For years, Florida pill mills fed America's appetite for prescription painkillers, especially OxyContin.
When other states cracked down, addicts and opportunists streamed into Florida to get their pills. The path they took was known as the Oxy Express.
It didn't stop until 2011, when Florida finally cracked down on pill mills.
Photographer Thomas Cordy and I drove the Oxy Express to see what happened to the people who got their oxy from Florida, and what happened to their communities.
We started in Pennington Gap, Virginia, a tiny old mining town with a notorious claim to fame. Drug maker Purdue Pharma targeted the region for sales of its new, highly addictive pain reliever, OxyContin, back in 1996.
Sister Beth Davies is an addiction counselor in Pennington Gap. She had never heard of OxyContin when people started overdosing on it back then.
When Florida Oxy disappeared, Pennington Gap's drug problem didn't go away. The new drug of choice was Suboxone, which is meant to keep people off of Oxy.
We met Dustin Morelock on the town's main drag. He called Suboxone "the wonder pill" for the way it helped him stop using painkillers.
He told us he had been taking up to 90 pills a day.
But Suboxone is also the dominant street drug. Robert Brewer used to drive to Broward County for oxy. He said the withdrawals from Suboxone are worse. When we talked to him, he had gone seven days without Suboxone and was still in active withdrawal.
From Pennington Gap we drove about 3 1/2 hours north to Huntington, West Virginia.
Despite losing industrial jobs, its downtown is thriving, and it's the home of Marshall University, a major public college.
Yet few places in the country have been hit so hard by heroin and pills.
Almost one in 10 people in the region are active users.
Many got their start with Florida Oxy. Will Lockwood was one of them. He said people drove down by the vanload to go doctor-shopping in Florida. They came back with hundreds of pills to sell. When Florida cut off the flow of Oxy, Detroit drug dealers moved in.
Now, it's everywhere. We were at our hotel just one hour when a guest told us the Marcum Terrace housing project was the place to go to get heroin.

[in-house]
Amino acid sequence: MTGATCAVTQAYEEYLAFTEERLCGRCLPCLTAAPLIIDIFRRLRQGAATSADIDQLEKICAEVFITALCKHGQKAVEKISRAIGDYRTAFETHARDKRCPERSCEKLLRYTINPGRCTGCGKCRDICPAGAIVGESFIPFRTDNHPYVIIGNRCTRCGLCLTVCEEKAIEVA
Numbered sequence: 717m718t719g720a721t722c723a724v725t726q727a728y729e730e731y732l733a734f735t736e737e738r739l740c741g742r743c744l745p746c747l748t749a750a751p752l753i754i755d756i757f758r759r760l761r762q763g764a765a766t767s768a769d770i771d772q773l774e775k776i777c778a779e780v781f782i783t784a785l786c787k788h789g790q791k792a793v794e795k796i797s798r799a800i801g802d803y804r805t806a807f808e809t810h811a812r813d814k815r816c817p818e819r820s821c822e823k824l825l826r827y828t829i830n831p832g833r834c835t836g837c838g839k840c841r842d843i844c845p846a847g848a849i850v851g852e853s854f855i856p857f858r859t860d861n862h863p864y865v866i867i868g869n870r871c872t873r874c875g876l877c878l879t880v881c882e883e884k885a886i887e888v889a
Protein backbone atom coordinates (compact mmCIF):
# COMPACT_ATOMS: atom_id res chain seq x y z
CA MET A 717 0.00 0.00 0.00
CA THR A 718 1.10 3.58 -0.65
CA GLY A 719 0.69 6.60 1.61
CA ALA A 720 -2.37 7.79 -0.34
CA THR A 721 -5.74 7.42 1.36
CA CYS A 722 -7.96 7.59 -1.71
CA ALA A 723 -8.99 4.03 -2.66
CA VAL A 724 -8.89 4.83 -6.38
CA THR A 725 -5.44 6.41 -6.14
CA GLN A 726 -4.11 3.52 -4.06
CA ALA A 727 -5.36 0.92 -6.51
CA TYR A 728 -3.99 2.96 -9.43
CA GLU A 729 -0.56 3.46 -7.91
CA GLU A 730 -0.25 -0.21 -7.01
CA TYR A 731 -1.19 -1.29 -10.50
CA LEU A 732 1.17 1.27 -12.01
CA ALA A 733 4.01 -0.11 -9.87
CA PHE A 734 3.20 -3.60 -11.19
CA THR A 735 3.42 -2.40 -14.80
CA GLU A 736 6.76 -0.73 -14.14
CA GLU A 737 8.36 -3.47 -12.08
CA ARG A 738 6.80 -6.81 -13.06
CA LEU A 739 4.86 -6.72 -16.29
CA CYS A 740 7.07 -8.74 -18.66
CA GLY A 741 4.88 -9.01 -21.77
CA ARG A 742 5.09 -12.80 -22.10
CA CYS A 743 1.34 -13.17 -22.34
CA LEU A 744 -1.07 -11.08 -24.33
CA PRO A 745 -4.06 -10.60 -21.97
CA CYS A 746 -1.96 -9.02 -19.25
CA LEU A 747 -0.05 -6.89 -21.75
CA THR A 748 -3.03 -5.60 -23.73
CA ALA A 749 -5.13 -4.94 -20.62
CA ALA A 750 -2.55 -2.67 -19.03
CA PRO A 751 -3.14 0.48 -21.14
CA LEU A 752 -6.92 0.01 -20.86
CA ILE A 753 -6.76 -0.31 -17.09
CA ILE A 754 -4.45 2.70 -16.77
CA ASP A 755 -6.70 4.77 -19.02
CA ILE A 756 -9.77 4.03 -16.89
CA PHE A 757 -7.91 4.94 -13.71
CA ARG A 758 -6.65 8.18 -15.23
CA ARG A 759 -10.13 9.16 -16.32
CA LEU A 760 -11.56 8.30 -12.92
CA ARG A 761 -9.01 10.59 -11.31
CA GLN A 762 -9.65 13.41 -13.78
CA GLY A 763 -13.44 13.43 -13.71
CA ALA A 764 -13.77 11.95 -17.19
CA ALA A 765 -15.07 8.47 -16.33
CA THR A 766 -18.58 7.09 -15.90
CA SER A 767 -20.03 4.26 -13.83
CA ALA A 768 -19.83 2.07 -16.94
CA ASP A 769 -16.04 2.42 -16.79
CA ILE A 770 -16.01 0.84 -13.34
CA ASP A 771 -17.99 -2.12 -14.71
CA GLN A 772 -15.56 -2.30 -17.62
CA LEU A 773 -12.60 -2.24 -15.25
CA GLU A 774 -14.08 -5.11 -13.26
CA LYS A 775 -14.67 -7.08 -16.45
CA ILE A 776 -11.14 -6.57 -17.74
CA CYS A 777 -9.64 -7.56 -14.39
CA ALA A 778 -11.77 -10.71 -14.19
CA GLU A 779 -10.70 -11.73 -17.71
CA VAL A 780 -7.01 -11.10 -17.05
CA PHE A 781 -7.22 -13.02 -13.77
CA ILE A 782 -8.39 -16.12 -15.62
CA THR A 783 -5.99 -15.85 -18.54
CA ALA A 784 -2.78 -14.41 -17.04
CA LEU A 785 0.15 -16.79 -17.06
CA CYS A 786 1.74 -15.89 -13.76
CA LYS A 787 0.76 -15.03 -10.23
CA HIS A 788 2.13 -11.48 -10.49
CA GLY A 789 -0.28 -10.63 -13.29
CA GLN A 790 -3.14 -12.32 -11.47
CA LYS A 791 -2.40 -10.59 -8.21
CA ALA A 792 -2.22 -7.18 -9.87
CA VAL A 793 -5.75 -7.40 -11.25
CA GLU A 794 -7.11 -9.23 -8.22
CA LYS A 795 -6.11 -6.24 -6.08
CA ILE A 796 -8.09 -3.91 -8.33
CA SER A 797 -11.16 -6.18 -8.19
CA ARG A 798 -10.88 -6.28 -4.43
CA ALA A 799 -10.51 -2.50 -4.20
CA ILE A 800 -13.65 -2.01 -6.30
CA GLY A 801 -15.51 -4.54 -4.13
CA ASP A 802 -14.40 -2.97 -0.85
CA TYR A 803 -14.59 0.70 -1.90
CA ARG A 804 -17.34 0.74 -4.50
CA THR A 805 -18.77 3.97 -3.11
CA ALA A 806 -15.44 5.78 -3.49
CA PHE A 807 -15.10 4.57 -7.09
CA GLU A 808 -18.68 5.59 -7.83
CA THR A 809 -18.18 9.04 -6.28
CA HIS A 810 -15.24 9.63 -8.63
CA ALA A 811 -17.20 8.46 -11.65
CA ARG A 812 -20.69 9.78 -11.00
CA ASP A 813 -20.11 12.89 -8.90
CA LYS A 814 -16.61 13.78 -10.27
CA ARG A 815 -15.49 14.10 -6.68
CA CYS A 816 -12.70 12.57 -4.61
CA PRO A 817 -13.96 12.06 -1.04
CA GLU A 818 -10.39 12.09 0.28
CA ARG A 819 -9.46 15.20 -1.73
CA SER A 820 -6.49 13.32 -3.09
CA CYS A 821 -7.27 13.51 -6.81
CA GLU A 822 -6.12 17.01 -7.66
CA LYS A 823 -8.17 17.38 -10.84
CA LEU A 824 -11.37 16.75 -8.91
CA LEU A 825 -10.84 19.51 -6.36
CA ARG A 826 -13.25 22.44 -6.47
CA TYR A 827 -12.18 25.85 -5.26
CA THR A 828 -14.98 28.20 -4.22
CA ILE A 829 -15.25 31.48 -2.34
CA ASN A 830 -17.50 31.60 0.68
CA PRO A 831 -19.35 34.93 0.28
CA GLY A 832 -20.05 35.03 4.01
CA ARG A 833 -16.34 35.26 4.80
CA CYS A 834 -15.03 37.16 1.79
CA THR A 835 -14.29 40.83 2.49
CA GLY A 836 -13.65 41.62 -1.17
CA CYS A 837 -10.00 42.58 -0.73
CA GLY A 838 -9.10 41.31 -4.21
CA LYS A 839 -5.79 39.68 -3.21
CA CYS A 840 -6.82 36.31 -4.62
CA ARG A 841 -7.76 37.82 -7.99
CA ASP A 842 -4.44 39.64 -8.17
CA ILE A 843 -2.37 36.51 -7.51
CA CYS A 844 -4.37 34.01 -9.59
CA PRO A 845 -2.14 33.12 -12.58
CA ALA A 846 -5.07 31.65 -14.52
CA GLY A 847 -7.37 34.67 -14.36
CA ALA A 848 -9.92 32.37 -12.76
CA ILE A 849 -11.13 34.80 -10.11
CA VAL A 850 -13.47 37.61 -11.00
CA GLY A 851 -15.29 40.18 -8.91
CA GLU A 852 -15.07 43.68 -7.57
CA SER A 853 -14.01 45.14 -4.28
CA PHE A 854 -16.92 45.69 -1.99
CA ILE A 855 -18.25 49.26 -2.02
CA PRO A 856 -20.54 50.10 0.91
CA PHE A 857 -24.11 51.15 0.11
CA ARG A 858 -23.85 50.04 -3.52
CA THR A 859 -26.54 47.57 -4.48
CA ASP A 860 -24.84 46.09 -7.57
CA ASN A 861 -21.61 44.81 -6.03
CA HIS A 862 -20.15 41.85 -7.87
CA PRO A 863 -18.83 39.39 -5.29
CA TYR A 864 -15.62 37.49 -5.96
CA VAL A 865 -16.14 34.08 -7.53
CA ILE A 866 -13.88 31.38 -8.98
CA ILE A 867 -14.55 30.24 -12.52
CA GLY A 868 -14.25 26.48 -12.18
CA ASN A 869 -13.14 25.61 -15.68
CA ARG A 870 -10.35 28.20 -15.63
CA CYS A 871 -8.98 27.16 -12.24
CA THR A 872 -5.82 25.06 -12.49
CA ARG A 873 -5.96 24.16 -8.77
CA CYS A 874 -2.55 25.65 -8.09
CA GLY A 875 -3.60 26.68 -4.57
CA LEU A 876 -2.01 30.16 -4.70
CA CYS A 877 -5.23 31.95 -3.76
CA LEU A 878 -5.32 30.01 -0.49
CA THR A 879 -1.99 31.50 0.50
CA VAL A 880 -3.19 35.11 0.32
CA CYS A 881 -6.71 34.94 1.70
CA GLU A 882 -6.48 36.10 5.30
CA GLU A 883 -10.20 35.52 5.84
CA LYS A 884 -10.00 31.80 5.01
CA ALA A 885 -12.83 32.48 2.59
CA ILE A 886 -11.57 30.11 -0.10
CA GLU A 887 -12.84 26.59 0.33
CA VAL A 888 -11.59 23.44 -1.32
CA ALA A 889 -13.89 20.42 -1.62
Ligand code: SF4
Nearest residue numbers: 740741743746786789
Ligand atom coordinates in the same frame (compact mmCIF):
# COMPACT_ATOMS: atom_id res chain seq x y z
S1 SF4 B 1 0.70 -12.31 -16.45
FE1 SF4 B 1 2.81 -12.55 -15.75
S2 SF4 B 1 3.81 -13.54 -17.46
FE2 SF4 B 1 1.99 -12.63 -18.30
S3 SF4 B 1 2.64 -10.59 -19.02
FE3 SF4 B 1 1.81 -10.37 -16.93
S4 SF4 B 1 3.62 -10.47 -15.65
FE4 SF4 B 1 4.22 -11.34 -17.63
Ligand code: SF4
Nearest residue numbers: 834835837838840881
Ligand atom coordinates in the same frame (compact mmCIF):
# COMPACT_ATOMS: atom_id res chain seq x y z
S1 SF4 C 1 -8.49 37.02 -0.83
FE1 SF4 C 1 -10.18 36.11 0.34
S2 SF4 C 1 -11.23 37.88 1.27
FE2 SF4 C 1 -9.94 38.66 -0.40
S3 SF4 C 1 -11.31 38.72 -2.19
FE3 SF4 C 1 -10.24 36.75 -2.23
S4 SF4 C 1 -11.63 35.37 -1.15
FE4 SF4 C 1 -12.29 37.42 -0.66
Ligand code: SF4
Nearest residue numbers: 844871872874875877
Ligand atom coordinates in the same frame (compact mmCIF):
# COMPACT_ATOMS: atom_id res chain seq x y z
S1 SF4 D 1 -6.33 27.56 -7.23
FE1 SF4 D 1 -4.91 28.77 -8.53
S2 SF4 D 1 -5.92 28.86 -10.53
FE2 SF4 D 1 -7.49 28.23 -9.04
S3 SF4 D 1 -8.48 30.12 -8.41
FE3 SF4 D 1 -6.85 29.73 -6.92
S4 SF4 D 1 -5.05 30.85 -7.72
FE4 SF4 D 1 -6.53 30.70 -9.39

Everyone is affected. We met a woman who said she came from a prominent family that didn't know she was an addict. During our interview, she shot up in a gas station bathroom.
Officials here are well aware of Florida's role in their heroin epidemic. States begged Florida to crack down on pill mills. Mayor Steve Williams said he "would have wrung the neck" of any Florida official he met in his hometown.
Huntington's mayor wasn't the only one complaining about Florida. Across the Ohio River, in Kentucky, a sheriff locked horns with state officials.
Greenup County Sheriff Keith Cooper is a character. During the Oxy crisis, he told a reporter that the Florida governor must be corrupt for not cracking down on pill mills. He hasn't been to Florida since.
Mikey Frazier drove to Florida for pills and was caught drug trafficking. When he got out of prison, Florida pills were gone, so he switched to heroin.
Now that Florida oxy is gone, Greenup is overrun with Detroit gang members selling heroin, just like Huntington.
Just across the river from Greenup's Riverview Cemetery Road is Ohio. Last year, Kentucky and Ohio both had the highest OD death rate in the nation.
In Louisville, about three hours west of Greenup, we visited The Healing Place, a free treatment center that has been around for decades.
It went from treating alcoholics to heroin addicts. In between, said former Healing Place supervisor Pat Fogarty, it saw locals hooked on Florida Oxy.
We ended our trip driving the same interstates that thousands of people used to get to Florida years earlier.
They don't have to drive this route anymore. Today, the heroin comes to them.
A few weeks after we ended our trip, 27 people overdosed in five hours in Huntington. They all got heroin at Marcum Terrace.
When we left Mikey Frazier, he was getting ready to leave Greenup County.
He had 62 days sober.